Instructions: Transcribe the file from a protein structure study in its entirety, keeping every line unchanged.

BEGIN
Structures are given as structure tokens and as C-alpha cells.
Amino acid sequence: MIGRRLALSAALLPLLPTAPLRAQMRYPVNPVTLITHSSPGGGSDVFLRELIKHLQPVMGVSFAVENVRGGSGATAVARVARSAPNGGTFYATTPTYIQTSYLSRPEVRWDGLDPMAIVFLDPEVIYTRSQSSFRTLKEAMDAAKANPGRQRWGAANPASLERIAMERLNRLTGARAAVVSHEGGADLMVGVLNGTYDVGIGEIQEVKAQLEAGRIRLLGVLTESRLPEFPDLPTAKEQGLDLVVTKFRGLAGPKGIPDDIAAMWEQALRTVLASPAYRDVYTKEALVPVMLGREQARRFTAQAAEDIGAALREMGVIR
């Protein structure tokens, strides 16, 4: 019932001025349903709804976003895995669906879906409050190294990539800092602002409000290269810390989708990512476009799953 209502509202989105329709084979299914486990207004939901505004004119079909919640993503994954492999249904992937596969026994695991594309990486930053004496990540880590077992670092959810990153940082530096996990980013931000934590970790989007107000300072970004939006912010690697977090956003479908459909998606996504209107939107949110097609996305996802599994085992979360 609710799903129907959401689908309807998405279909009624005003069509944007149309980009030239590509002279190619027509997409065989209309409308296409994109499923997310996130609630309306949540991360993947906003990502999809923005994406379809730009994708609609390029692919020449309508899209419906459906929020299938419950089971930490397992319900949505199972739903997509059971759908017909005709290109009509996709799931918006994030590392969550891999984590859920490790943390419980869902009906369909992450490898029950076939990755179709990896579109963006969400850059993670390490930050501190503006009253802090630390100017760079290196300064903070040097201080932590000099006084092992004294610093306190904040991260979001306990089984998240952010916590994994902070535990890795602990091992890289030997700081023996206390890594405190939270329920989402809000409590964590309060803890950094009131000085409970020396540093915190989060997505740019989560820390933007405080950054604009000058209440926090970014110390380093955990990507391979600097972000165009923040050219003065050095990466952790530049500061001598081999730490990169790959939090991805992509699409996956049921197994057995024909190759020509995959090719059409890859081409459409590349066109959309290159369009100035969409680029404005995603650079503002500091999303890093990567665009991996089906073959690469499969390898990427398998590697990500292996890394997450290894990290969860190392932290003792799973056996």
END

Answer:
Structures are given as structure tokens and as C-alpha cells.
Amino acid sequence: MIGRRLALSAALLPLLPTAPLRAQMRYPVNPVTLITHSSPGGGSDVFLRELIKHLQPVMGVSFAVENVRGGSGATAVARVARSAPNGGTFYATTPTYIQTSYLSRPEVRWDGLDPMAIVFLDPEVIYTRSQSSFRTLKEAMDAAKANPGRQRWGAANPASLERIAMERLNRLTGARAAVVSHEGGADLMVGVLNGTYDVGIGEIQEVKAQLEAGRIRLLGVLTESRLPEFPDLPTAKEQGLDLVVTKFRGLAGPKGIPDDIAAMWEQALRTVLASPAYRDVYTKEALVPVMLGREQARRFTAQAAEDIGAALREMGVIR
């Protein structure tokens, strides 16, 4: 019932001025349903709804976003895995669906879906409050190294990539800092602002409000290269810390989708990512476009799953 209502509202989105329709084979299914486990207004939901505004004119079909919640993503994954492999249904992937596969026994695991594309990486930053004496990540880590077992670092959810990153940082530096996990980013931000934590970790989007107000300072970004939006912010690697977090956003479908459909998606996504209107939107949110097609996305996802599994085992979360 609710799903129907959401689908309807998405279909009624005003069509944007149309980009030239590509002279190619027509997409065989209309409308296409994109499923997310996130609630309306949540991360993947906003990502999809923005994406379809730009994708609609390029692919020449309508899209419906459906929020299938419950089971930490397992319900949505199972739903997509059971759908017909005709290109009509996709799931918006994030590392969550891999984590859920490790943390419980869902009906369909992450490898029950076939990755179709990896579109963006969400850059993670390490930050501190503006009253802090630390100017760079290196300064903070040097201080932590000099006084092992004294610093306190904040991260979001306990089984998240952010916590994994902070535990890795602990091992890289030997700081023996206390890594405190939270329920989402809000409590964590309060803890950094009131000085409970020396540093915190989060997505740019989560820390933007405080950054604009000058209440926090970014110390380093955990990507391979600097972000165009923040050219003065050095990466952790530049500061001598081999730490990169790959939090991805992509699409996956049921197994057995024909190759020509995959090719059409890859081409459409590349066109959309290159369009100035969409680029404005995603650079503002500091999303890093990567665009991996089906073959690469499969390898990427398998590697990500292996890394997450290894990290969860190392932290003792799973056996």